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Sunday, December 13, 2009


For the second year in a row, instead of buying Christmas gifts for our friends and co-workers, the DH and I opted to make sweet treats to give. Half the fun of this process is deciding which treats to make. Weeding through the recipes, deciding which ones were hits last year, and still trying to keep it fresh and new by throwing in some new things. Once the recipes are decided upon, and all ingredients purchased, we take an entire weekend preparing everything. Our own sugarpalooza, if you will.

Since this is the first Christmas since I started my blog, I decided to include one of the recipes from BFMHTY in the gift roster. I chose the meringue cookies because the picture in the cookbook was very appealing, and I needed one more chocolatey cookie to balance out the cookie list.

Meringues are made from whipped egg whites, and this particular recipe calls for cocoa, almonds and bittersweet chocolate to be added. Egg whites can be notoriously tempermental because so much can go wrong. If the bowl you're using for whipping isn't clean, if you end up with yolks bleeding into your eggs whites during separation, if you overbeat the whites, all of this can lead to disaster.

These cookies were the very last treat to be made during this crazy weekend, and frankly, by the time I got around to seperating the eggs, I couldn't have cared less if something went wrong. I was just too tired to care. I got a little of the yolk into my whites, and that caused a little whining on my part, but I was determined to press on and if the cookies what.

I whipped the whites, sugar and salt. I folded the cocoa, flour, chocolate pieces and ground almonds into the mixture. I spooned out extremely sticky dollops onto painstakingly prepared pans ( I love Silpats and parchment paper so much, you'll never even know), and baked them off.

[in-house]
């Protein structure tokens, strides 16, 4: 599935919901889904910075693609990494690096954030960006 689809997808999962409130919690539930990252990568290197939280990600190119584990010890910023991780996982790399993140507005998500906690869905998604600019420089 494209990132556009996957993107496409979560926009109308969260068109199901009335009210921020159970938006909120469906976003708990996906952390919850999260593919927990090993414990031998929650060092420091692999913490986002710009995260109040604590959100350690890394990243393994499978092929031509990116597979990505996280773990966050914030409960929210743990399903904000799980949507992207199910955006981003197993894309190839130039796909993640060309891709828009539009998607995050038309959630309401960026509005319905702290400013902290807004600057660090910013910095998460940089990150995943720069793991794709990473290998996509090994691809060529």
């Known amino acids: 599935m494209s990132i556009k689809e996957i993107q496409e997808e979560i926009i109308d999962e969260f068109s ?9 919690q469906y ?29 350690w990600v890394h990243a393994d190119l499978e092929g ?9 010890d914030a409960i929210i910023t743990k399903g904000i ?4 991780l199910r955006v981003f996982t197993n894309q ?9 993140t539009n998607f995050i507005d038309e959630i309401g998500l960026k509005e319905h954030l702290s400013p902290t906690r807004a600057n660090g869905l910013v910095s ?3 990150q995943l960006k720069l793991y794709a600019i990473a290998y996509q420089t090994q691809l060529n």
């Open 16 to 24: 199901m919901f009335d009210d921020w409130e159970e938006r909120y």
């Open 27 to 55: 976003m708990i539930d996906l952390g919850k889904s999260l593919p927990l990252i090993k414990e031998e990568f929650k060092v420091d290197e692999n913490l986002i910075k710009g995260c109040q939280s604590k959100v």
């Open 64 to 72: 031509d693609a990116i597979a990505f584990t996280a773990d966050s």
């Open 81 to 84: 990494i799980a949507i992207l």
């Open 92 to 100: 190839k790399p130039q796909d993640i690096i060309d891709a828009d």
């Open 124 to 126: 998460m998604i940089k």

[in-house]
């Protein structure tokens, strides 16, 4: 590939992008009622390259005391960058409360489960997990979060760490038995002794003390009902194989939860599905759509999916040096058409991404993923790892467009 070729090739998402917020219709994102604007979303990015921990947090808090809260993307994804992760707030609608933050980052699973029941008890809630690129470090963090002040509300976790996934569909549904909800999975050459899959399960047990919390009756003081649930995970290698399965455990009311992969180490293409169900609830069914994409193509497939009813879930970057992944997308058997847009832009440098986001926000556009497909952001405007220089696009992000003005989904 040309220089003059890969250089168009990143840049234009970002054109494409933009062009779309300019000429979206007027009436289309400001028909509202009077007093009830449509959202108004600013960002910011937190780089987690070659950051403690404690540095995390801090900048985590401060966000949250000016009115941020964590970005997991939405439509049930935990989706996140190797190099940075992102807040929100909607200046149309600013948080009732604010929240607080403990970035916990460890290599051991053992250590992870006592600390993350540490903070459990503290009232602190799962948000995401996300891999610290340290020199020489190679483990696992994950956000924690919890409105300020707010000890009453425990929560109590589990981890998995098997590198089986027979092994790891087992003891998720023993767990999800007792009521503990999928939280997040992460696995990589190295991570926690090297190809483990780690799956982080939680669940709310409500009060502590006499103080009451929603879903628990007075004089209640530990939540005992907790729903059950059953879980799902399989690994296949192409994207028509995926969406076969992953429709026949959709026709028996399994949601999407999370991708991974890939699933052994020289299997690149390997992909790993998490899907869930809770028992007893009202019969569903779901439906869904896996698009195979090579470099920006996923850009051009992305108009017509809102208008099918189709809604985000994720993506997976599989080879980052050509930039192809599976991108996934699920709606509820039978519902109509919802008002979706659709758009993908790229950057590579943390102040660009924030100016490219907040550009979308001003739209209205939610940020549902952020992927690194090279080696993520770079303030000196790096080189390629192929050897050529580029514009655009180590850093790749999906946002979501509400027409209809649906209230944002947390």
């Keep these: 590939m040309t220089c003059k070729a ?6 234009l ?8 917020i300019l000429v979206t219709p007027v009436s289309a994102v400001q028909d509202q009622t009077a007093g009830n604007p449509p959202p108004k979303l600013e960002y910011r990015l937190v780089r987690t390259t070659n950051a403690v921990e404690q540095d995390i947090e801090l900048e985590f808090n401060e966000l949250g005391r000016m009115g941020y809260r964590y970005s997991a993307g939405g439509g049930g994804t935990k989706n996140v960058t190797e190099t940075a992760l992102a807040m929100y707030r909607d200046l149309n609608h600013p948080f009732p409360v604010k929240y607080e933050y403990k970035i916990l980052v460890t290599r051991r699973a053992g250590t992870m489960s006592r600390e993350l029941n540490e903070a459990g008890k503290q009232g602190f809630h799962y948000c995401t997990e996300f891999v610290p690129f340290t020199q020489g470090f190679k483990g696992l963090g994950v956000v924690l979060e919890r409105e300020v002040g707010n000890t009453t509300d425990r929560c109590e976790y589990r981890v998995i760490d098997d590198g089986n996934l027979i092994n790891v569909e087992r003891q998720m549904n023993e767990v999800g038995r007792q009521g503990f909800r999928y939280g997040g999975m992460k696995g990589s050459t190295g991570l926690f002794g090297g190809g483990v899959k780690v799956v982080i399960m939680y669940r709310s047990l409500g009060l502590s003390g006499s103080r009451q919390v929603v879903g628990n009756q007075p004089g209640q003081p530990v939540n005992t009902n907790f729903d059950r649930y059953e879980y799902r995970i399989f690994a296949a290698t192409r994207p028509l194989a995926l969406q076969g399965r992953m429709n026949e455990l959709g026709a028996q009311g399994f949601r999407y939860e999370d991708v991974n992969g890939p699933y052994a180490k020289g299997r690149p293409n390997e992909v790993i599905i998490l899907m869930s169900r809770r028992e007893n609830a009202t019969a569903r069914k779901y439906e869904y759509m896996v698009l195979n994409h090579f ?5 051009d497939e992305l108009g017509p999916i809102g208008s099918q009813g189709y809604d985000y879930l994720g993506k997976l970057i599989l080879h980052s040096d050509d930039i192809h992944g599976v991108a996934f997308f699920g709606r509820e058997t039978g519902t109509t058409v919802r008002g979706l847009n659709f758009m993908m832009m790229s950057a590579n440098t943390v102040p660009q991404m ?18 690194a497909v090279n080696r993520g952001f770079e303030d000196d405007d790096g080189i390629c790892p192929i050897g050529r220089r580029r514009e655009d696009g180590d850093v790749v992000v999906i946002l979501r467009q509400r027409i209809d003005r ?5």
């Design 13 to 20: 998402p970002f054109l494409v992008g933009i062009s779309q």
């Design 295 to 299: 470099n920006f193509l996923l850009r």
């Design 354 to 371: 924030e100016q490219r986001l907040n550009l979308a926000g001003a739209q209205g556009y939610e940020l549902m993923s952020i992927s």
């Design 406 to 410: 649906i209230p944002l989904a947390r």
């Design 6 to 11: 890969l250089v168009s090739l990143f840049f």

Visually the end product looks a little like cocoa colored rocks. But when you taste them, oh my. To spite my lackadaisical attitude during the preparation of the recipe, they turned out perfectly. This is a light, airy delicate cookie. When you bite into the crispy outer shell cracks, and almost shatters. It's a very nice texture. Once you hit the inside of the cookie the filling is slightly chewy and sticky. This cookie is not overly sweet, but you do get a wonderful cocoa flavor out of each bite. They're like eating little clouds.

Since these cookies are so delicate, I fear that they will not travel very well. So, at least one of my friends will not be getting this treat included with the rest of the Christmas package. Sorry Crystal, there's no way these things can survive a trip to Maryland. :(

I think I may have underbaked these meringues just a little. In the cookbook pic all the cookies have cracked, jagged looking tops, my didn't turn out that way. But I'm still really happy with the result.

I've posted the recipe below along with a pic or two of some of the other confections that we gave as gifts this year.

(makes about 30 cookies)

1 cup confectioners' sugar, plus extra for dusting

1/3 cup finely ground blanched almonds

1/4 cup unsweetened cocoa powder

4 egg whites, at room temperature

pinch of salt

1/2 cup granulated sugar

1/2 tsp pure vanilla extract

Preheat oven to 300F. Line baking sheets with parchment paper or silicone baking mats.

Sift confectioners' sugar, ground almonds and cocoa. Set aside dry ingredients.

In the bowl of a stand mixer on medium speed, using the whisk attachment, whip the egg whites and salt until the whites are opaque. Increase to medium-high speed and continue to whip while adding the granulated sugar 1 tablespoon at a time. Continue whipping until the whites are shiny and hold a stiff peak. Beat in vanilla extract.